In Programming, Just Getting The Right Answer Is Not The Answer

9 Dec

I decided for sure that Ruby is what I’m going to learn next. So to learn, I am going through the Programming Ruby 1.9 (3rd edition) book. Unfortunately, the book does not contain any practice quizes.

So to get some practice, I’ve started completing the problems on Project Euler. I am able to get the correct answers to these problems pretty quickly, but looking through the forums afterwards makes me realize that I still have a ton to learn, especially about efficiency. My programs, although they get the correct answer, take a really long time to run and tend to be way more lines of code than they need to be!

Here is an example from Problem 4, which has the following instructions:

A palindromic number reads the same both ways. The largest palindrome made from the product of two 2-digit numbers is 9009 = 91*99.

Find the largest palindrome made from the product of two 3-digit numbers.

Here is my code, which took the computer about 30 seconds or so to run:

# Problem 4
# ----
#A palindromic number reads the same both ways.
#The largest palindrome made from the product of two 2-digit numbers is 9009 = 91*99.
#Find the largest palindrome made from the product of two 3-digit numbers.
# ----

#checks to see if the number is a palindrome
def isPalindrome(num)
  isPalindrome = true

  #converts the number into a string and then into an array
  numarray = num.to_s.split(//)

  #this array holds the first half of the number
  array1 = numarray[0, numarray.length/2]

  #this array holds the second half of the number
  array2 = numarray[numarray.length/2, numarray.length]

  #check to see if the numbers stored in array1 are equial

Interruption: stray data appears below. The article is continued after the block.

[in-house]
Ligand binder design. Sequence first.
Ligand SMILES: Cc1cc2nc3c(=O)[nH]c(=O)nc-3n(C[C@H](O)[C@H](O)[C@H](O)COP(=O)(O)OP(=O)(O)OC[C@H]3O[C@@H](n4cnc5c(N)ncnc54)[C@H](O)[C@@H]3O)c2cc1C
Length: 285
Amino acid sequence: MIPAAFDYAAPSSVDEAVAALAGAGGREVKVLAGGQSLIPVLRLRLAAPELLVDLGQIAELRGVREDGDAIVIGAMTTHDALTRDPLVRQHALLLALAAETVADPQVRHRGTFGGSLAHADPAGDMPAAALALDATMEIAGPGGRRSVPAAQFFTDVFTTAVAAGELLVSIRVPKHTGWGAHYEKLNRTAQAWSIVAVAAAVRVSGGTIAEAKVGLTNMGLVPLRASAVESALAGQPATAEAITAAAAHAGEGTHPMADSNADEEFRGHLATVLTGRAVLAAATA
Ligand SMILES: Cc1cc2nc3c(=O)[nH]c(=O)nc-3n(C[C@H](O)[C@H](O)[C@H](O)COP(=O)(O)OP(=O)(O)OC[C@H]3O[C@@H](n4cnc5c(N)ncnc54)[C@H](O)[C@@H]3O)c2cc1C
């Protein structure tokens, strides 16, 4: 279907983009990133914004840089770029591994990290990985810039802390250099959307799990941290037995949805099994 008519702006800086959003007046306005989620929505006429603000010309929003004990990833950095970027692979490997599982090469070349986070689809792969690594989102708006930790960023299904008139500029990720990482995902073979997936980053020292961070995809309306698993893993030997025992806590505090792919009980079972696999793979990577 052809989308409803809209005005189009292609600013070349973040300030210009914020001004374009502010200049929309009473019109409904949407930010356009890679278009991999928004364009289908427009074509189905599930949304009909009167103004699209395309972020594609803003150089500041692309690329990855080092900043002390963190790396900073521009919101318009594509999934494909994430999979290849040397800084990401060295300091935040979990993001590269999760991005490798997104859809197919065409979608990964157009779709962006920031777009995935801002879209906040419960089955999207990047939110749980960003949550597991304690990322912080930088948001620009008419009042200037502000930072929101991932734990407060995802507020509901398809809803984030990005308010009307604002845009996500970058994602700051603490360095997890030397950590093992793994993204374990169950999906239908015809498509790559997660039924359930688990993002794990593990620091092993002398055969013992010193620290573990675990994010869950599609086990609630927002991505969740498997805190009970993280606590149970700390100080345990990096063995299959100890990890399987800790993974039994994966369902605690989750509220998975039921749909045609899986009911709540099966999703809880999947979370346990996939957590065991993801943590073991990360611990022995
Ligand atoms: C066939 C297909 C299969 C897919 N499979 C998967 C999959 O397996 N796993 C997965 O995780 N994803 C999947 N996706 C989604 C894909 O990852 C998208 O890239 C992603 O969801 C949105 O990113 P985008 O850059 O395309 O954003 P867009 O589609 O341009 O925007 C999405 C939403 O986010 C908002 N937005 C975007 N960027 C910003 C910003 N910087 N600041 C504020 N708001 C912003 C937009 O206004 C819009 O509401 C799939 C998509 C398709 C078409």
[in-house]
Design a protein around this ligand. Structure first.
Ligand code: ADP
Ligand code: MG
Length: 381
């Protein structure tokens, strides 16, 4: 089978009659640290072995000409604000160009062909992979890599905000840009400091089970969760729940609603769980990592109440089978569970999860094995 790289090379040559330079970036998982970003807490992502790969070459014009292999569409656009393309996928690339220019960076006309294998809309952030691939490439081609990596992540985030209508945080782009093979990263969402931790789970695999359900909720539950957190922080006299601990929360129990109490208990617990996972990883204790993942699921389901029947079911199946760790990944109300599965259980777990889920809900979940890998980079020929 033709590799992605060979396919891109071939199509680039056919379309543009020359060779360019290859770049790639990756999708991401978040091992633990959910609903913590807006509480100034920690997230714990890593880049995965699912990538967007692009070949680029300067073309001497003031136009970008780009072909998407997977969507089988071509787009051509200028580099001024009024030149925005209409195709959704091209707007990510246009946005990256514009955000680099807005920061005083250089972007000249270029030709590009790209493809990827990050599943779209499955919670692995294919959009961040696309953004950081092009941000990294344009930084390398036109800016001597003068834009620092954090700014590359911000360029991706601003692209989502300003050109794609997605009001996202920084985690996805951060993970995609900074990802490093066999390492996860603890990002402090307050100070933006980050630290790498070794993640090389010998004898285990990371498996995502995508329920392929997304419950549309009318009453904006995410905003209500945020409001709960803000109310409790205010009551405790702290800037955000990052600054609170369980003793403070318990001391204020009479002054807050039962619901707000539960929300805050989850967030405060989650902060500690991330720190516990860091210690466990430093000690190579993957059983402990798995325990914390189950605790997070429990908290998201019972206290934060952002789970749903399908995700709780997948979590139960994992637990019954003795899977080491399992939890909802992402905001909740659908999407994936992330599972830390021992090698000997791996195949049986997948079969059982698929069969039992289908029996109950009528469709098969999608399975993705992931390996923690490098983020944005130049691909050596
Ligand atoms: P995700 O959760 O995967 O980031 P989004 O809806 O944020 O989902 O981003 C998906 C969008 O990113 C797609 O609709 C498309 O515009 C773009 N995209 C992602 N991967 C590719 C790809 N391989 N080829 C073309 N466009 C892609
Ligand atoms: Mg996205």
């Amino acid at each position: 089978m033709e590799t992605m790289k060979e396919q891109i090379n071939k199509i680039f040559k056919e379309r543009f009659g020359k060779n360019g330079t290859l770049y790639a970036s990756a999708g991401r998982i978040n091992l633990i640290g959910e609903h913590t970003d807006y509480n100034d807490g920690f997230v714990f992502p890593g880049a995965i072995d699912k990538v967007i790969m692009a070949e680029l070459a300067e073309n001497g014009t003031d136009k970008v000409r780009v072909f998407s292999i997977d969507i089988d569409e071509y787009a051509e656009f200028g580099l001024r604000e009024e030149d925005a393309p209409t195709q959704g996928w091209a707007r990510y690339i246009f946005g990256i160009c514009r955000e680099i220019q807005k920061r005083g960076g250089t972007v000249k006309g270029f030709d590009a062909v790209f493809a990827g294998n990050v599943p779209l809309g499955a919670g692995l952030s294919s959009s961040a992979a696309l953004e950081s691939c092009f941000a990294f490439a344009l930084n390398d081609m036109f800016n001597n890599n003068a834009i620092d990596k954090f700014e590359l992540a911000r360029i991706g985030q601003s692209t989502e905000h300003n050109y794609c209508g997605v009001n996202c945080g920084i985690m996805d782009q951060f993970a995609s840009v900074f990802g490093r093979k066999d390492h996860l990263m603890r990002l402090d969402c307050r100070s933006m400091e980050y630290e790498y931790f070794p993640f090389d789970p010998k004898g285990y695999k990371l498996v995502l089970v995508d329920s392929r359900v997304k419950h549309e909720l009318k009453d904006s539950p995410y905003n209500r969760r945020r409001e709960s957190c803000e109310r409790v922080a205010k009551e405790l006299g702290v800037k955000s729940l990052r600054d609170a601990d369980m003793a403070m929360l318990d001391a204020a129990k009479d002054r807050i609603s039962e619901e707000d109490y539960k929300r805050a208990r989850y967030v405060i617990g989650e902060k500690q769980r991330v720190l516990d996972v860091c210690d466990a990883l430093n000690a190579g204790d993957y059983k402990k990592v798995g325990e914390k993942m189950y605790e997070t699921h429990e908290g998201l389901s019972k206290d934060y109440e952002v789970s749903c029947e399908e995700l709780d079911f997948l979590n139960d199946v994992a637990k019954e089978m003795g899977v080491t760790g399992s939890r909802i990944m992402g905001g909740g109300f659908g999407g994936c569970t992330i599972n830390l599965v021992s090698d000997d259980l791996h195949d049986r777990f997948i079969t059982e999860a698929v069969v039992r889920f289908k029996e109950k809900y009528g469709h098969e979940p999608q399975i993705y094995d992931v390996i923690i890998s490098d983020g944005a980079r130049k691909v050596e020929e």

#to the numbers in stored in array2 in reverse order
  for i in 0...numarray.length/2

    #sets isPalindrome to false if there are any unequal numbers
    #between the 2 arrays
    if array1[i] != array2[-1 * (i+1)]
      isPalindrome = false
    end

  end

  #returns true if the number is a Palindrome
  return isPalindrome
end

#stores the largest palindrome
largestPalindrome = 0

for i in 100..999
  for j in 100..999
    #multiply all the three digit numbers
    product = i * j

    #if the product is a palindrome and larger than the largestPalindrome,
    #it becomes stored as the largestPalindrome
    if isPalindrome(product) == true and product > largestPalindrome
      largestPalindrome = product
    end

  end

#prints out the largest Palindrome
puts largestPalindrome
end

Upon getting the answer, I came across this solution in the thread section by someone with the user name of Olathe:

max = 0
100.upto(999) { |a|
  a.upto(999) { |b|
    prod = a * b
    max = [max, prod].max if prod.to_s == prod.to_s.reverse
  }
}
puts "Maximum palindrome is #{ max }."

Olathe’s code is extremely elegant, and runs in about 3 seconds!

So, from now on, I will not only strive to just get the solution, but also get the solution in the most efficient way possible.

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2 Responses to “In Programming, Just Getting The Right Answer Is Not The Answer”

  1. DM December 16, 2011 at 11:54 am #

    Awesome find, thanks.
    Gonna have to do some of those problems 😉

Trackbacks/Pingbacks

  1. Brain food: Project Euler | Got-fu? - December 16, 2011

    […] This project has been around for years, but I only just stumbled on it via another post. […]

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